Now that installation is complete we need to add all the of the latest updates from Microsoft. Click on Start \ All Programs then Windows Updates. This will provide you with the latest server security updates and Power Pack updates as well. Power Packs are updates that add new features and provide fixes to known issues for Windows Home Server.
This guide should get you started using your new Home Server. It comes in handy in a lot of cool ways if you want to centralize your digital entertainment and access it from any machine running XP or above. Or if you have a home or small office and want to be able to access your work from anywhere there is a web connection. There are several good reasons to have your own server at home, if you’re a power user. Over the next year we will be bringing you more detailed tutorials on how to set up and use your Home Server. If you happen to have an extra desktop you’re not using and can dedicate as a server, they offer a free 30 Day trial so you can try it out for yourself. If you like it, you can purchase a full license and I have seen it around the web for around $99 or a little cheaper depending on where you look.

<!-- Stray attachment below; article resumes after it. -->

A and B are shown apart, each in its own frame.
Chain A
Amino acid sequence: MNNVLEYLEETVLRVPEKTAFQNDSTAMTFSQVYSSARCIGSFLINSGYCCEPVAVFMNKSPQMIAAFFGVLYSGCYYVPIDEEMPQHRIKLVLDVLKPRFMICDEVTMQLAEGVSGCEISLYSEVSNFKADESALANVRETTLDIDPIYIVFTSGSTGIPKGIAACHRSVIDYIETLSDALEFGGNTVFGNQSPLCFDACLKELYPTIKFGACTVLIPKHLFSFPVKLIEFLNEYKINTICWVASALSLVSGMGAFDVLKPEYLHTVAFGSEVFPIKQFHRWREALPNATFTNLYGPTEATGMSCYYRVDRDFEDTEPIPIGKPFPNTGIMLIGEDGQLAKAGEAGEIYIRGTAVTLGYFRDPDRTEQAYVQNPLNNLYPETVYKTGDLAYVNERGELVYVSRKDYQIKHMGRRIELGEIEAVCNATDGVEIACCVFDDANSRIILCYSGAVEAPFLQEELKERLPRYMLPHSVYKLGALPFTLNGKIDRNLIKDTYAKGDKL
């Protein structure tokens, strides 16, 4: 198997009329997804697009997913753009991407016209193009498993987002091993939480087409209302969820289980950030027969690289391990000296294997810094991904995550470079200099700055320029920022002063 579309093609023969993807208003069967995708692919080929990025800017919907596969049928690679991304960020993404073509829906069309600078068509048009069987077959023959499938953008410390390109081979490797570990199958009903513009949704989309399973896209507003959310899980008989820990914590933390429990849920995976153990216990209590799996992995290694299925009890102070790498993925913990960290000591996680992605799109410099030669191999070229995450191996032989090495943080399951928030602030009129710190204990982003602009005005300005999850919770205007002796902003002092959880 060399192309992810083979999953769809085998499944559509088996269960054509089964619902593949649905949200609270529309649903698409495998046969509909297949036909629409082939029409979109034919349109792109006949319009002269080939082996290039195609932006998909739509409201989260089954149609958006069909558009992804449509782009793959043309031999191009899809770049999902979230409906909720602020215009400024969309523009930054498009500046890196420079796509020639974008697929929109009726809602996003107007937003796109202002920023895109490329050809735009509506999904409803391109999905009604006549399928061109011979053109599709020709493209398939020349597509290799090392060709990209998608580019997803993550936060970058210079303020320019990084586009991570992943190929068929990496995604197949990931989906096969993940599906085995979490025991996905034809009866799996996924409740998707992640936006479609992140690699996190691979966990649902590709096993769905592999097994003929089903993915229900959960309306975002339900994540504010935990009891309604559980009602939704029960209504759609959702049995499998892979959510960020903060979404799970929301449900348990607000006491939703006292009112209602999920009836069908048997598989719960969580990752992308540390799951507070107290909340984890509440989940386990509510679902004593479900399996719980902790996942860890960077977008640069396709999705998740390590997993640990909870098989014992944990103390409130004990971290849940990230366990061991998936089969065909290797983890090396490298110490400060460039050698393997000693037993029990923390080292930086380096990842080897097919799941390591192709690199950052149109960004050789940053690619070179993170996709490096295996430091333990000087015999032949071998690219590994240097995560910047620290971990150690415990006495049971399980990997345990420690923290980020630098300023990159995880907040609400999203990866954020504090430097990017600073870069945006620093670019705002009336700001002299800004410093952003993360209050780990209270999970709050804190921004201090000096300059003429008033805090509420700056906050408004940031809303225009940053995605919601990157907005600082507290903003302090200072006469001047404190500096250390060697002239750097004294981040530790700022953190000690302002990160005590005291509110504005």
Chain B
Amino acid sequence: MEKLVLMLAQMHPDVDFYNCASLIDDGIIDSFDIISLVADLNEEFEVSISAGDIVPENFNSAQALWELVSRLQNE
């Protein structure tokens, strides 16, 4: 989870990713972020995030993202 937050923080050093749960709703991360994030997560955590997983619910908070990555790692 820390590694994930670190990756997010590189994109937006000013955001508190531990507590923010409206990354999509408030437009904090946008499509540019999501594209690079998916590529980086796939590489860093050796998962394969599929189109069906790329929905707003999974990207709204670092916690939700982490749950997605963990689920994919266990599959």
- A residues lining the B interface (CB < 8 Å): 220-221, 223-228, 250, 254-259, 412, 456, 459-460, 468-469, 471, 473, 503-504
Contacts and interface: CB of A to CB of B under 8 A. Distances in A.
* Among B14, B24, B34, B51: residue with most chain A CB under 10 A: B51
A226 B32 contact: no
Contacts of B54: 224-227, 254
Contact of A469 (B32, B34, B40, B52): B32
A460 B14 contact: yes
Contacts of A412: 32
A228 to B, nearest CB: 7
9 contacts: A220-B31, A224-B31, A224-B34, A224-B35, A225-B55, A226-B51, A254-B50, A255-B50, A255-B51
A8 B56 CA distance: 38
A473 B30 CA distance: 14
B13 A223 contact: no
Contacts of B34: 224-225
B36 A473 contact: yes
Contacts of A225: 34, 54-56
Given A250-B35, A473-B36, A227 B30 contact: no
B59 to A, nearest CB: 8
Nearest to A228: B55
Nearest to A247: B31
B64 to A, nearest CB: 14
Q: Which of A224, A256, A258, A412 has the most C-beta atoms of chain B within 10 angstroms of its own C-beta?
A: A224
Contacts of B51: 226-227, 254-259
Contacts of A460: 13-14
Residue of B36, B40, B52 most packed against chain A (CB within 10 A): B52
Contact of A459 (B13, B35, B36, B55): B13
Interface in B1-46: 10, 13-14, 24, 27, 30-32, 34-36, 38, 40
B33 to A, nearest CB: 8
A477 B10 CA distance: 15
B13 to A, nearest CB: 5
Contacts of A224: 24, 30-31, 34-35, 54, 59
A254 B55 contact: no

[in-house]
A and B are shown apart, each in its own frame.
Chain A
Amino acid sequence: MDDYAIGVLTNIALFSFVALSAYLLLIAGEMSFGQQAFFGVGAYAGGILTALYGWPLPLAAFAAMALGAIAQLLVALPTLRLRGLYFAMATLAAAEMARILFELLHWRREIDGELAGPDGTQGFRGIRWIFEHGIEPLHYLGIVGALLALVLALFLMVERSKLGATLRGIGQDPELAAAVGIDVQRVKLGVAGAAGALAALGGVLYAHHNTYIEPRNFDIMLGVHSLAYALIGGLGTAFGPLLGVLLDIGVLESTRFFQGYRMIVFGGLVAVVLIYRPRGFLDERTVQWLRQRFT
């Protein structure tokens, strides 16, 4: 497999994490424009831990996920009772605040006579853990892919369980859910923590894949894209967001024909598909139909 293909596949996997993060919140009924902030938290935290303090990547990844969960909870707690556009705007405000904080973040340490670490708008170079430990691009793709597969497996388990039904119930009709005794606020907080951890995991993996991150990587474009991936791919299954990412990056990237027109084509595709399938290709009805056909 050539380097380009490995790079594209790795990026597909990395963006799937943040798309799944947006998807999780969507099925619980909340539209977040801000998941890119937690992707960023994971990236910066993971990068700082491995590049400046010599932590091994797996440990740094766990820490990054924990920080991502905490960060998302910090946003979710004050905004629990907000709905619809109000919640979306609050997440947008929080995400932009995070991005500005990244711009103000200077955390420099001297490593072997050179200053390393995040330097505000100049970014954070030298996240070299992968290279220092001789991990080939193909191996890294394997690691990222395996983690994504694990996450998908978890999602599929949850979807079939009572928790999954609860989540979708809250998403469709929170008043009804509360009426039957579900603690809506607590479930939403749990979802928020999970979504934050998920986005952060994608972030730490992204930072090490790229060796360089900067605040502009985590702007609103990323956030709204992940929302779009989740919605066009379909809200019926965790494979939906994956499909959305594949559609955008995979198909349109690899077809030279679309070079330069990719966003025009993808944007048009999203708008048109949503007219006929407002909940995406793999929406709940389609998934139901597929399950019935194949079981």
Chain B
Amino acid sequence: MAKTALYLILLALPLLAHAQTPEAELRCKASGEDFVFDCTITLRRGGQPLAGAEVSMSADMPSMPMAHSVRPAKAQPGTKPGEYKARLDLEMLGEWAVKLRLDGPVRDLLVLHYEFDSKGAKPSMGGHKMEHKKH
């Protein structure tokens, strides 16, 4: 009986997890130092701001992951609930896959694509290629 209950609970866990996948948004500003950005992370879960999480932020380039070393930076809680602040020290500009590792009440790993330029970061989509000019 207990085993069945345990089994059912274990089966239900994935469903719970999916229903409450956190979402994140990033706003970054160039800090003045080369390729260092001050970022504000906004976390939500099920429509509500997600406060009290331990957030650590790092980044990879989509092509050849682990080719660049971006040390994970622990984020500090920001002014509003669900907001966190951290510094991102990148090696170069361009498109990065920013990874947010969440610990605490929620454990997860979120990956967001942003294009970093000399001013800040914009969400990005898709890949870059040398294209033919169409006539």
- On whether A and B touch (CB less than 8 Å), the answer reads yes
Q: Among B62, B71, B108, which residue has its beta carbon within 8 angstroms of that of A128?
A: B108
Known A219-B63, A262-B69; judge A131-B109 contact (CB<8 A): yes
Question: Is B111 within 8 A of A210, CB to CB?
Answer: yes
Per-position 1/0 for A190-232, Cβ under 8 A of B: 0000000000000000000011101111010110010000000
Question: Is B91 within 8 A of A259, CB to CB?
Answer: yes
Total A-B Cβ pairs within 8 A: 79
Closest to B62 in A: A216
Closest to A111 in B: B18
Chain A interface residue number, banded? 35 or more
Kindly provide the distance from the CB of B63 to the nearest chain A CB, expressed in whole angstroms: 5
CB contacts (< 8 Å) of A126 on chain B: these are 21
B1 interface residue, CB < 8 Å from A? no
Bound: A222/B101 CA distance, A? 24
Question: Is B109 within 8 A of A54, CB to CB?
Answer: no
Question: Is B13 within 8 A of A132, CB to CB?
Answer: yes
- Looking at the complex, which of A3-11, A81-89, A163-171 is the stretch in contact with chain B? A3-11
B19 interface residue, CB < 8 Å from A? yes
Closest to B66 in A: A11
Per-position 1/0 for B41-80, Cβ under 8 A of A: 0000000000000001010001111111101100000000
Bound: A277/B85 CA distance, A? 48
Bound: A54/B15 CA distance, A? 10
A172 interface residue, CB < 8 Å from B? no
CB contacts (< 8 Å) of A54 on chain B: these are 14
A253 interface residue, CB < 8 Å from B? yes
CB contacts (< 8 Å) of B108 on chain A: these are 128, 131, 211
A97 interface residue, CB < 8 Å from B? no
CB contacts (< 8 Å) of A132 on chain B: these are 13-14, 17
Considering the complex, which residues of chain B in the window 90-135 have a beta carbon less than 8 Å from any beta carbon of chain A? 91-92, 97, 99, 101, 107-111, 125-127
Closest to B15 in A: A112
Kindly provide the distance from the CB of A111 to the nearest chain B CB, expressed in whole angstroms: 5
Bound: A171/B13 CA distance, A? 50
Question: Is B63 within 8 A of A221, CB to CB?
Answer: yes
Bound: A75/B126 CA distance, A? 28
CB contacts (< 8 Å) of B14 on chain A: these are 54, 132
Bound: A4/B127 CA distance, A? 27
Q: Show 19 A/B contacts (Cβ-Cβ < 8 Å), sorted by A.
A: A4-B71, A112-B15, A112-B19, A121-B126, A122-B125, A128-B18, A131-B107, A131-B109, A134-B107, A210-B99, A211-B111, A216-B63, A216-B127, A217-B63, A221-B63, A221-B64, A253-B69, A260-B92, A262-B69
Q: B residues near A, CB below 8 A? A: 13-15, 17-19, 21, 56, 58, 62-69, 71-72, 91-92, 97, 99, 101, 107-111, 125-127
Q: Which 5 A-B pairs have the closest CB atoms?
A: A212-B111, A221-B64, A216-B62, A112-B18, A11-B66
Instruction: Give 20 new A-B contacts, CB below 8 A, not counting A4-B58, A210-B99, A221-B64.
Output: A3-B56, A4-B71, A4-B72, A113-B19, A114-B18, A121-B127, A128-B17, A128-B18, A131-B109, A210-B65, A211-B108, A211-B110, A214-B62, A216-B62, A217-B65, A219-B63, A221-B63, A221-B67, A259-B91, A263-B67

- › The Best Articles for Backing Up and Syncing Your Data
- › Ask HTG: Display Image Size in Google Images, Preserving Tabs While Using CCleaner, and What to Backup on Your Windows Box
- › Roundup: The Best Windows Home Server Apps
- › Complete Guide to Networking Windows 7 with XP and Vista
- › Add an External Hard Drive to Your Windows Home Server
- › How To Install Windows Home Server Beta “Vail” on VMware Workstation
- › What’s New in Windows 11’s 22H2 Update: Top 10 New Features
- › A World Without Wires: 25 Years of Wi-Fi